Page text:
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The Last Will and Testament of the American Schoolteacher

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The Last Will and Testament of the American Schoolteacher

The Last Will and Testament of the American Schoolteacher

On July 7, President Trump reiterated his desire to reopen schools in the fall, as well as his lack of understanding related to how diseases spread, where children live and who with, and the average age of teachers and administrators. Impressively, he accomplished all of this in just three sentences: 

So what we want to do is we want to get our schools open. We want to get them open quickly, beautifully, in the fall. And the—as you know, this is a disease that’s a horrible disease, but young people do extraordinarily well. 

A few days later, Secretary of Education Betsy DeVos doubled down on the administration’s stance.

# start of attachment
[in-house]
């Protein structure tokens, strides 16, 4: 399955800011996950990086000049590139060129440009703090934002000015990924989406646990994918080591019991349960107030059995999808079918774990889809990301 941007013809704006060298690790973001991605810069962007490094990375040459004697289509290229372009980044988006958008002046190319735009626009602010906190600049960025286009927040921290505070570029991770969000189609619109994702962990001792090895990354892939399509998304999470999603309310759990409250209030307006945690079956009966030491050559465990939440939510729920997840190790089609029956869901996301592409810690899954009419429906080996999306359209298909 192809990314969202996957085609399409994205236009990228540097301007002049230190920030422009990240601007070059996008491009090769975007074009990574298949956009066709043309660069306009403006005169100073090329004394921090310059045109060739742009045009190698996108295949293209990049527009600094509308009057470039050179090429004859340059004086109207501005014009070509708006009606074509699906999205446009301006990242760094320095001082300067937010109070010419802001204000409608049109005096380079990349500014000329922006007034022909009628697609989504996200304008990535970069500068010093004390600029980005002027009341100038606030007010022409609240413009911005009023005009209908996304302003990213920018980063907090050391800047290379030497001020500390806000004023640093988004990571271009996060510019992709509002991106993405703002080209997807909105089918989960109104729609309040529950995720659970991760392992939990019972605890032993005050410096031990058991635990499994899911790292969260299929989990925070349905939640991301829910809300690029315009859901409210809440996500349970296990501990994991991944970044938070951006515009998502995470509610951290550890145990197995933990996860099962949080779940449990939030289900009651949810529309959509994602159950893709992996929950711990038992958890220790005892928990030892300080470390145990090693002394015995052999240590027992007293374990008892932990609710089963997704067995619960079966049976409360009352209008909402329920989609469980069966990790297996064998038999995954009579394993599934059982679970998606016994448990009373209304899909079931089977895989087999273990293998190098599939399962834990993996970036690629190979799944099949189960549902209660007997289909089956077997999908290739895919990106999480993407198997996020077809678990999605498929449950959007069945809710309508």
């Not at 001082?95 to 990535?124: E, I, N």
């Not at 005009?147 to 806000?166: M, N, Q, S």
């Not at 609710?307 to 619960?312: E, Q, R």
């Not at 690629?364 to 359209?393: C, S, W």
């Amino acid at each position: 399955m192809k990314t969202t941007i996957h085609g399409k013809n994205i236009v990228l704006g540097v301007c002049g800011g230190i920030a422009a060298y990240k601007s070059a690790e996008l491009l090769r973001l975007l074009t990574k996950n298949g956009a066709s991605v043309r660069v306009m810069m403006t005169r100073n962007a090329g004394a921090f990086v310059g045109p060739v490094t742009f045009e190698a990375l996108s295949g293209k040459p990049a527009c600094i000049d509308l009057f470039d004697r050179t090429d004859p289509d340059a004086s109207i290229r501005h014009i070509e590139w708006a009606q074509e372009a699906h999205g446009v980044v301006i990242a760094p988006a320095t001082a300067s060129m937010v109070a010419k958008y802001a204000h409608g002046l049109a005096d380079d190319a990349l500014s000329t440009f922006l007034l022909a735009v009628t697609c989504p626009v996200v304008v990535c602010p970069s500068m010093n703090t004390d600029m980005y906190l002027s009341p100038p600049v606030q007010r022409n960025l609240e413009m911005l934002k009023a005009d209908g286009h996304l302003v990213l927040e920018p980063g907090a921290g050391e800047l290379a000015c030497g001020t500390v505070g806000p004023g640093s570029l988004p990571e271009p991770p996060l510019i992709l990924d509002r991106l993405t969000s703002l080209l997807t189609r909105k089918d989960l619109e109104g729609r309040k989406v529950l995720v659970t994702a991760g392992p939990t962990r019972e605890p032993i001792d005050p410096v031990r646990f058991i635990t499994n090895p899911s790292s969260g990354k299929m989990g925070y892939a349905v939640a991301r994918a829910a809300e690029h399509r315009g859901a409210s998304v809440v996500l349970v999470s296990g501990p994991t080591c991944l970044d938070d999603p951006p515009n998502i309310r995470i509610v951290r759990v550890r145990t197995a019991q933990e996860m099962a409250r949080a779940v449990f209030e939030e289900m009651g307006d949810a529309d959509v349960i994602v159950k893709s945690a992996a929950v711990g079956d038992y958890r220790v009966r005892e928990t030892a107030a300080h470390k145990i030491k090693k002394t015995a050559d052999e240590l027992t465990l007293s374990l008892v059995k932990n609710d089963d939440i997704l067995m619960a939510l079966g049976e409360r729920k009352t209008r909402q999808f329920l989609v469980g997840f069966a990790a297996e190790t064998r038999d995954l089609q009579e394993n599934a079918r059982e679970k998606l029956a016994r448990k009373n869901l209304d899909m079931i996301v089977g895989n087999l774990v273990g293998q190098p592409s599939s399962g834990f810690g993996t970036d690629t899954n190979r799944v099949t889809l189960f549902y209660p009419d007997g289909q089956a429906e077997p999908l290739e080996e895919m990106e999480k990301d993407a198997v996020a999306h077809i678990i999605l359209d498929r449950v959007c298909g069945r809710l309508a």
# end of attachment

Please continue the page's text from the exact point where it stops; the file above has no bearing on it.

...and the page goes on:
Kids need to be back in school, and school leaders across the country need to be making plans to do just that.

When pressed for a plan, Secretary DeVos had about as many ideas for safely reopening as her now-famous bookshelves have books. 

The uninformed positions held by the president, by the secretary of education, and by many others come despite the fact that summer school teachers have gotten sick and died, despite the fact that the virus is spreading at an alarming rate, and despite the fact that the Center for Disease Control has issued guidelines which, in all reality, cannot possibly be met by the vast majority of schools. In response to this, Secretary Devos called the CDC guidelines “flexible.”

My guess is that you are like me, a teacher who can’t afford not to work, who has student loan debt, a mortgage, maybe a car payment. If so, you may well be weighing your options, having difficult conversations at home. I asked my wife this morning if she thought I should stay somewhere else once school started, as my contracting COVID 19 seems almost inevitable if I am to appear in-person at my school five days a week, a school with two thousand students, a few hundred staff, and a whole lot of tight doorways, narrow hallways, small classrooms, bottlenecks and public bathrooms. She looked at me sadly. Is doing my job going to mean having a Facetime-only relationship with my two children, ages four and three? It will if the Trump administration has anything to say about it.

Preparing for the Worst